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Old 03-05-2015, 08:22 PM
Matt Wiser Matt Wiser is offline
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And the next:


0630 Hours: West of Russeltown, Texas:

General Andreyev watched as Colonel Suslov's desantniki deployed, quickly and quietly. Except for a company from 3rd Battalion posted as a rearguard, the entire 234th Guards Air Assault Regiment was going to mount this attack. He wanted to make sure none of the KGB troops managed to escape, and so his men went into position. Colonel Suslov would decide, though, when to attack: it was his regiment, after all. Then, the green flare shot into the air, and machine guns and SPG-9 recoilless rifles opened fire, along with the First Battalion's mortars. Then Colonel Suslov stood up, and shouted “URRAH!” and paratroopers charged the missile site. Metis (AT-7) missiles reached out to the APCs, killing the two BMP-2s and a BTR-70, while RPGs killed a BRDM. Then the desantniki were in the missile site itself, and a brief, but vicious, firefight ensued. A few minutes later, Colonel Suslov called the General. All clear.

General Andreyev went forward, with the Regimental command group, and found Colonel Suslov and the First Battalion's paratroopers checking the bodies of the KGB troops. “Well done, Comrade Colonel,” Andreyev said. “Any prisoners?”

“Not yet, but we're still checking. But the warhead van is intact, as ordered,” Suslov said.

“Excellent, Colonel,” Andreyev said.

Major Dimitry Polyakov, the Regiment's deputy commander, came up to his two superiors. “Comrade General, Colonel, First battalion has three killed and four wounded. No casualties from the other battalions.”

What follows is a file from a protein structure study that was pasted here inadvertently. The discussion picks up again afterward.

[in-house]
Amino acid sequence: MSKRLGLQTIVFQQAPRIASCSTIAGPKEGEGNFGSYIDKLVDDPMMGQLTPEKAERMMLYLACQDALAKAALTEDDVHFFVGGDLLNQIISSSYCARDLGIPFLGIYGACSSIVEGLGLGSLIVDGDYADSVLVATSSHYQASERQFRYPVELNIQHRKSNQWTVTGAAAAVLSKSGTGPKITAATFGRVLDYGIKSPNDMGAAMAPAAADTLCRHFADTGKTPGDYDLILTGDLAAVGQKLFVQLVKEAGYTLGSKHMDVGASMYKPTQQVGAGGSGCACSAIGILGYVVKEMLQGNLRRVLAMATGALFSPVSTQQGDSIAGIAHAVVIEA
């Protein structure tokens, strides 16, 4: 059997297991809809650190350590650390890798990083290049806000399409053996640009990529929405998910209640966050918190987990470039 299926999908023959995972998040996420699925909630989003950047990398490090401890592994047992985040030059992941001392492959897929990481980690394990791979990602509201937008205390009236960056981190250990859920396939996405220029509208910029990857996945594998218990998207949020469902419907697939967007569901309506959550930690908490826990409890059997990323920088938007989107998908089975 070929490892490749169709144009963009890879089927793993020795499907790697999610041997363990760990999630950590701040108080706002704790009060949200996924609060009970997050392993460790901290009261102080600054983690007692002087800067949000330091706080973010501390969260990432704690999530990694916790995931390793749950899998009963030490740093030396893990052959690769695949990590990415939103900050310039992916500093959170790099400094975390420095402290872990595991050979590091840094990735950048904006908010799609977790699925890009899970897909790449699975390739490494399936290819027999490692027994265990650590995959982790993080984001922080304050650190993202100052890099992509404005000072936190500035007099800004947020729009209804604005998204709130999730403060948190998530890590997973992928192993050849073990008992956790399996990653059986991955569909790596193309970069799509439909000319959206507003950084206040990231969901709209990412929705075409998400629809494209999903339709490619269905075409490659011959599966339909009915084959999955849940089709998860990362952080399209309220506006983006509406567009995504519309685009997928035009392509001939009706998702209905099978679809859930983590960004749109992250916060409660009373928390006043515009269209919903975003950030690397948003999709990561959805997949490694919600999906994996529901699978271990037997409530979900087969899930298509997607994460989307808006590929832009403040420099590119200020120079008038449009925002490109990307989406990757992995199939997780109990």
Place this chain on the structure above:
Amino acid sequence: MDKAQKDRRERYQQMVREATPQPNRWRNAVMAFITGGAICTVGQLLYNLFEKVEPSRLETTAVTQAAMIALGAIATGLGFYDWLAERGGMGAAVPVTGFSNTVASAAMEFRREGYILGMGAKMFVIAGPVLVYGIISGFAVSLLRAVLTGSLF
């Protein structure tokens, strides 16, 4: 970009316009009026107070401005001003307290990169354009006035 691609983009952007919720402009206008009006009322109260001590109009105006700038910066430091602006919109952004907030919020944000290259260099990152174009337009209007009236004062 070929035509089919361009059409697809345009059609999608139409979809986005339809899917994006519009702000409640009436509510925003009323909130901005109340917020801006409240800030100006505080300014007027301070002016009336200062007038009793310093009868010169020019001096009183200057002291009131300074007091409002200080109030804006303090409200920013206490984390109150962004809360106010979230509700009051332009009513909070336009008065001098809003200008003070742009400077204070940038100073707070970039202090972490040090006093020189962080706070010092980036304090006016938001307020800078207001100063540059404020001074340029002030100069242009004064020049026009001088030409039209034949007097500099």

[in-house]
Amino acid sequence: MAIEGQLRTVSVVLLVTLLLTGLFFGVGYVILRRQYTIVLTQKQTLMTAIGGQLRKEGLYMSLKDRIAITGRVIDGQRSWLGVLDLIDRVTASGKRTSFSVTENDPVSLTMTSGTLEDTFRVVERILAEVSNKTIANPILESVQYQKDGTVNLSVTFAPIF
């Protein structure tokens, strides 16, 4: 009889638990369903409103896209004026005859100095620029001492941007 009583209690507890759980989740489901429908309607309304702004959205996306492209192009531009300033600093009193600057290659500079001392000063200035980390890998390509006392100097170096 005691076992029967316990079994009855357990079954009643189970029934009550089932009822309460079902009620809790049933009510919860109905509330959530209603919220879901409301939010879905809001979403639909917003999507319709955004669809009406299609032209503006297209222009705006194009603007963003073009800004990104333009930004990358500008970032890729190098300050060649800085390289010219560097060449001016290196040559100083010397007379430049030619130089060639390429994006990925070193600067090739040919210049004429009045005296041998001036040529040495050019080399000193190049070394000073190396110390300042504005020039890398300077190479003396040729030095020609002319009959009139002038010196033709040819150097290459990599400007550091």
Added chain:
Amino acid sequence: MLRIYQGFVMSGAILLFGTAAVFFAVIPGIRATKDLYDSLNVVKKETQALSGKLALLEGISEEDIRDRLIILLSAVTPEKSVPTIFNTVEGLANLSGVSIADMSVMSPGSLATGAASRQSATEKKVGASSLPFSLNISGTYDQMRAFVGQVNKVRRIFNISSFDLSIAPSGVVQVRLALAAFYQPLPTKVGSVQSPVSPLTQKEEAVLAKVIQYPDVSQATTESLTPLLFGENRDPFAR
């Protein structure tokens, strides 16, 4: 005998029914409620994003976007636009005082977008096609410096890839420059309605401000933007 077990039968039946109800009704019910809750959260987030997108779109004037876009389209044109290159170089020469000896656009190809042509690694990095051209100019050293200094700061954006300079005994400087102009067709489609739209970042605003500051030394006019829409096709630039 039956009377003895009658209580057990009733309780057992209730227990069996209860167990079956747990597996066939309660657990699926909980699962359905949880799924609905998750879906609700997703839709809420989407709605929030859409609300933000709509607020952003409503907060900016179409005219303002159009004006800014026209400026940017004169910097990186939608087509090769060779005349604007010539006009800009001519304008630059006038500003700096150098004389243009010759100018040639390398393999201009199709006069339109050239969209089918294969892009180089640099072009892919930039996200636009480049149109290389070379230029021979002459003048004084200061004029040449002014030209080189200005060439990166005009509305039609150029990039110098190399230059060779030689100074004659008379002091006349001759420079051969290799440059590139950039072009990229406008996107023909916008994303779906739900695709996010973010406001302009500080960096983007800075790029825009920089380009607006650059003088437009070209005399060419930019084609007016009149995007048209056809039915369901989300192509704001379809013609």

“Good, Major,” Andreyev replied. “How serious are the casualties?”

“No word yet from the Regimental Surgeon, but he's busy,” Polyakov said.

A shout came from the warhead van. Several paratroopers had found a KGB lieutenant alive, though shot through both legs, where he'd crawled underneath the van. They hauled him in front of the General. “Comrade General, your orders?” Asked Suslov.

Andreyev turned to the Regimental Intelligence Officer. “Find out where the rest of the warheads are. Do whatever it takes. And check the officer bodies: they may have a map or two somewhere.”

“Right away, Comrade General.” the intelligence officer replied. He had the paratroopers check the bodies, while he began questioning the KGB officer. A few screams later, and the man began talking. The Intelligence Officer came back to the General and Colonel Suslov. “Comrades, he talked. He says the warheads are in their storage vans.”

Andreyev and Suslov nodded. “Where are they right now?” Andreyev asked.

The intelligence officer opened his map. He pointed to the intersection of FM 2893 and FM 1575, north of Indian Lake. “There, Comrades.”

“Verify that,” Andreyev ordered.